She shook her head.  "Murray, I don't have one.  They won't give me anything I might be able to use to escape, or help someone else escape, or call for help."  She noted the time.  "Murray, you need to go.  They'll be coming for you soon.  They can't find you in here."

Murray noted the trepidation on her face.  "Will you be all right?"

Megan nodded, escorting him back to the examination room.  Nick was resting peacefully minus the blanket of damp towels, all signs of his earlier cramps gone.  She checked him one last time as the door opened and Red stepped into the room.  "All right, boys, time to go."

Murray shook his friend's shoulder, waking him.

"Wha—?"

"The guards," Murray said softly.  "Come on."  He helped Nick off the table, Boz slipping an arm around Nick to support and protect him.

The pair made their way to the door without a backward glance.

Red led the two men across the hot, dusty yard, stopping at the sweatbox.  He opened the door and motioned for Nick to enter.

"Now wait one minute," Murray said.  "He's sick.  And what about food?  We haven't—"

Red backhanded Murray, knocking him off his feet, but he scrambled to his feet, his eyes flashing.

Nick extended a hand, stopping any further complaints or action.  "It's not worth it," he said softly.  "Murray, please, don't do anything stupid."

"But, Nick—"

Ryder stepped inside the hot box and Red locked the door behind him.  "You better listen to your friend," he said darkly, then lowered his voice, adding, "Or I'll see to it Ryder meets with the business-end of a billy-club.  Understand?"

Murray's glare was deadly, but he nodded.

Grabbing the computer expert's arm, Red escorted the thin man to the Mess Hall where the rest of the inmates were assembling outside in two long rows.  "Get in line," the guard snapped.

Murray looked for Cody, and spotting his friend, walked over to stand next to him, neither man speaking while they waited to be ordered inside.

Once they were in and their trays were filled, the two men sat at one of the long tables, each attacking their meals, hunger overriding their guilt over Nick's absence.

"We have to keep our strength up," Murray stated just before devouring the rest of his greasy chicken.  When he was almost finished with his grayish mashed potatoes, he glanced casually around, checking the locations of the guards.  He watched one man move over to pour himself another cup of coffee, then leaned forward slightly and said softly, "I think I found a way to call for help.  But I need a phone line."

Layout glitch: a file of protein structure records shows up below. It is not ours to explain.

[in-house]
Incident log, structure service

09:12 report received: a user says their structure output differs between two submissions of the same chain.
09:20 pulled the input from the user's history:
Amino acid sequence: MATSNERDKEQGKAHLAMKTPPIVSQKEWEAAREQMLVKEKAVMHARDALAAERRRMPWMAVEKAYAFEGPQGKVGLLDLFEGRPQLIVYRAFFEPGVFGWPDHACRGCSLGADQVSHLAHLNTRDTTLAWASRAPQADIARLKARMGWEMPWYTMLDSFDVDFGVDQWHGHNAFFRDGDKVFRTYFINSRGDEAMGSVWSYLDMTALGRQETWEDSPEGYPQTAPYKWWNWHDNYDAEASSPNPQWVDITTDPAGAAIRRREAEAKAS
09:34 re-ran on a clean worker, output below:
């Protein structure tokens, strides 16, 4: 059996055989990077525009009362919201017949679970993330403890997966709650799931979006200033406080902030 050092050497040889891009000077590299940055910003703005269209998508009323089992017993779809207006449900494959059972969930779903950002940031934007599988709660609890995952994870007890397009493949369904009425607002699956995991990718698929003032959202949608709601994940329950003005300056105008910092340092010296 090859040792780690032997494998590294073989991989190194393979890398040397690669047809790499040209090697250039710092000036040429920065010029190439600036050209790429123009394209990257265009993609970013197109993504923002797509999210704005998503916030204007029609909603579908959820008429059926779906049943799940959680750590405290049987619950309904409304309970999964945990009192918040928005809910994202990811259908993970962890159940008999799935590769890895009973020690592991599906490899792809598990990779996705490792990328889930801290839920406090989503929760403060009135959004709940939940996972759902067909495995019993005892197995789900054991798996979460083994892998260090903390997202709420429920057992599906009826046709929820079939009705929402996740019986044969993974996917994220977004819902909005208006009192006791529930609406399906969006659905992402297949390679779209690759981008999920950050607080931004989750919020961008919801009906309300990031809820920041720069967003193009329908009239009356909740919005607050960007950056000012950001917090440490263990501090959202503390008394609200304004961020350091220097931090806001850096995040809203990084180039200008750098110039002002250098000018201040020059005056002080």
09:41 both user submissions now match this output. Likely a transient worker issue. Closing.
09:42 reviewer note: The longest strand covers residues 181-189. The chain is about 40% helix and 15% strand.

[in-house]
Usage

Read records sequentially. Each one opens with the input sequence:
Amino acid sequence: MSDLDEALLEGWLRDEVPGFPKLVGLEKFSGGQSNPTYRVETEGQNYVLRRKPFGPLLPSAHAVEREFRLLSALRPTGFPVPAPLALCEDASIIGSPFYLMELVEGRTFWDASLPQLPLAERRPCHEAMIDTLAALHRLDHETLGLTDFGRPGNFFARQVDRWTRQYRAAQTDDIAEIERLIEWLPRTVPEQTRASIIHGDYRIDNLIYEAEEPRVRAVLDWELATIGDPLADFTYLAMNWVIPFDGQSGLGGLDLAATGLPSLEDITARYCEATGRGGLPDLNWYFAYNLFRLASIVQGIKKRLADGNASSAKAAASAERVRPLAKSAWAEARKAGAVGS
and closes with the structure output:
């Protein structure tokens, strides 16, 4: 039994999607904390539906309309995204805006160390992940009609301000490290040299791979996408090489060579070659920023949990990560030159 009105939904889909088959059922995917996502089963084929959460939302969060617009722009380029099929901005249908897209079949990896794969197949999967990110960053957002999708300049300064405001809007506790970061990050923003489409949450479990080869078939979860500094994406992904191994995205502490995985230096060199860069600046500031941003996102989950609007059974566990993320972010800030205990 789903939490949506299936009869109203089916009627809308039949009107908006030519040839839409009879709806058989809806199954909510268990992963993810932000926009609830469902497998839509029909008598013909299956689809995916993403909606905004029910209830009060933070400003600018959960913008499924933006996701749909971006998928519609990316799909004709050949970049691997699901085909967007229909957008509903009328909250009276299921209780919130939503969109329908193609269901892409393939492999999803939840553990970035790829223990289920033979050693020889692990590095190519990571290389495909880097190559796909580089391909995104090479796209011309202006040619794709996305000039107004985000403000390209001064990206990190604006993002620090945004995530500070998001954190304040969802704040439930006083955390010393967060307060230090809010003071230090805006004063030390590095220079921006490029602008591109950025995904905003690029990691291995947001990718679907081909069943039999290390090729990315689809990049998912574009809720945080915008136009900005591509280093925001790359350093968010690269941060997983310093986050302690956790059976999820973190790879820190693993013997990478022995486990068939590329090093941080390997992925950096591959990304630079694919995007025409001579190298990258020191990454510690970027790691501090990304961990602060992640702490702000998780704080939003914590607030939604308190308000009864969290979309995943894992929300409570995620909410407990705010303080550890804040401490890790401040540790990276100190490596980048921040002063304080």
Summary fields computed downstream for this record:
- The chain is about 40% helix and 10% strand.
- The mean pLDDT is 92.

Cody glanced around to make sure no one was listening to them, then asked, "Phone cord?"

"The line between the wall and the phone—"

"I know, but—"

"Megan has a computer," Murray said, then shoved the last of his bread into his mouth and chewed as Ice passed by.

Cody waited until Ice's attention shifted away from them before he asked, "You think you can reach the authorities?"

Murray nodded.  "Just get me a phone line."

"From where?" Cody asked.

"The warden's house?"

Cody's eyes widened.  He'd already been told he'd be painting the man's house tomorrow, maybe he could slip inside… but they were watched so closely… "Maybe."

"Nick's very sick.  We need that phone line, Cody."

The blond nodded, his expression turning hard.  "I'll get it."

 

* ~ * ~ * ~ * ~ * ~ * ~ * ~ *

 

Saturday, 8:00 AM

 

Nick shivered in the sweatbox, and wished fervently for a tall, cold glass of water – or better yet, several.  He was thirsty, hungry, sore and mad.  And another night in the cramped box had left him weak and despondent.

I'm just letting this get to me, he scolded himself, but the memory of the traitorous thoughts that had crept up on him during the night refused to go away.  They clung tenaciously to the edge of this thoughts and added guilt to his already crowded conscience.

Maybe they did sell me out

That was the mutinous refrain that had started as a whisper deep in the night and kept echoing back again and again.

But I know they didn't, Nick argued with himself.  If I know Cody and Murray, they're both wishing right now they could trade places with me.  They'd never sell me out.  Never.

But what if they did?

They didn't!

Maybe this is what I deserve, Nick considered.  Maybe I did kill that little girl…

The pounding began, the sharp noises lancing through his skull and disorienting him.  He pressed the balls of his hands against his ears, trying to shut out the pain, but it was a useless exercise.  His stomach immediately began to tighten, but before he got sick the door opened and he was dragged out into the too-bright glare of the morning.

"On your feet, pussy," Ice growled.

Nick stood, the landscape rippling and twisting.  He swallowed and closed his eyes momentarily, but the end of a billy-club shoved him forward and he shuffled along to join the line of waiting prisoners.

One step at a time, he told himself.  Just one step at a time.